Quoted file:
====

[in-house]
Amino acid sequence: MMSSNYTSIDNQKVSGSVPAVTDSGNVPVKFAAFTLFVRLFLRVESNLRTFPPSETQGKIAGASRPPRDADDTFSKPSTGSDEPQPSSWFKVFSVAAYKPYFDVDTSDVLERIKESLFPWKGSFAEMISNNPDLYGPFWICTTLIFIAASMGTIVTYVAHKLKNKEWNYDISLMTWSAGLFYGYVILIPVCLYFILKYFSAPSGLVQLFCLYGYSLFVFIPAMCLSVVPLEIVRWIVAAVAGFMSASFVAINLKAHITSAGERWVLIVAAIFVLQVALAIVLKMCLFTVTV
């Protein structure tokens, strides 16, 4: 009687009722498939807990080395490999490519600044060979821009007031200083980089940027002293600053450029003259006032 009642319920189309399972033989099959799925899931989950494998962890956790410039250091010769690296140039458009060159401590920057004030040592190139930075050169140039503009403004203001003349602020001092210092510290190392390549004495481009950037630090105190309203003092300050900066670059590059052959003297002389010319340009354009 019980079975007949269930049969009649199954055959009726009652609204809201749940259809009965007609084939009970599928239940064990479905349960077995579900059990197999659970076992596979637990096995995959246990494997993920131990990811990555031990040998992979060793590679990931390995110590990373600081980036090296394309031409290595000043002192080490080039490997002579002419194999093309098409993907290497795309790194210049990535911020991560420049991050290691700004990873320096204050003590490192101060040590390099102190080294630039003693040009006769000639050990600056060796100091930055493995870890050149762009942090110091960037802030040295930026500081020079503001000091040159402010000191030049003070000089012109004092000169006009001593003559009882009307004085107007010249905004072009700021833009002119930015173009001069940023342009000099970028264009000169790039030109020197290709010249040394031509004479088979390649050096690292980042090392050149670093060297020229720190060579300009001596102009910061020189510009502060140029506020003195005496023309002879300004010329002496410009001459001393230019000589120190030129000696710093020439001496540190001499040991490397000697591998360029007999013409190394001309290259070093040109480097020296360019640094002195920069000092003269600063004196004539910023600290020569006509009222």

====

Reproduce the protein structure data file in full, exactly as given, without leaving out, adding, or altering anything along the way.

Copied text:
[in-house]
Amino acid sequence: MMSSNYTSIDNQKVSGSVPAVTDSGNVPVKFAAFTLFVRLFLRVESNLRTFPPSETQGKIAGASRPPRDADDTFSKPSTGSDEPQPSSWFKVFSVAAYKPYFDVDTSDVLERIKESLFPWKGSFAEMISNNPDLYGPFWICTTLIFIAASMGTIVTYVAHKLKNKEWNYDISLMTWSAGLFYGYVILIPVCLYFILKYFSAPSGLVQLFCLYGYSLFVFIPAMCLSVVPLEIVRWIVAAVAGFMSASFVAINLKAHITSAGERWVLIVAAIFVLQVALAIVLKMCLFTVTV
């Protein structure tokens, strides 16, 4: 009687009722498939807990080395490999490519600044060979821009007031200083980089940027002293600053450029003259006032 009642319920189309399972033989099959799925899931989950494998962890956790410039250091010769690296140039458009060159401590920057004030040592190139930075050169140039503009403004203001003349602020001092210092510290190392390549004495481009950037630090105190309203003092300050900066670059590059052959003297002389010319340009354009 019980079975007949269930049969009649199954055959009726009652609204809201749940259809009965007609084939009970599928239940064990479905349960077995579900059990197999659970076992596979637990096995995959246990494997993920131990990811990555031990040998992979060793590679990931390995110590990373600081980036090296394309031409290595000043002192080490080039490997002579002419194999093309098409993907290497795309790194210049990535911020991560420049991050290691700004990873320096204050003590490192101060040590390099102190080294630039003693040009006769000639050990600056060796100091930055493995870890050149762009942090110091960037802030040295930026500081020079503001000091040159402010000191030049003070000089012109004092000169006009001593003559009882009307004085107007010249905004072009700021833009002119930015173009001069940023342009000099970028264009000169790039030109020197290709010249040394031509004479088979390649050096690292980042090392050149670093060297020229720190060579300009001596102009910061020189510009502060140029506020003195005496023309002879300004010329002496410009001459001393230019000589120190030129000696710093020439001496540190001499040991490397000697591998360029007999013409190394001309290259070093040109480097020296360019640094002195920069000092003269600063004196004539910023600290020569006509009222």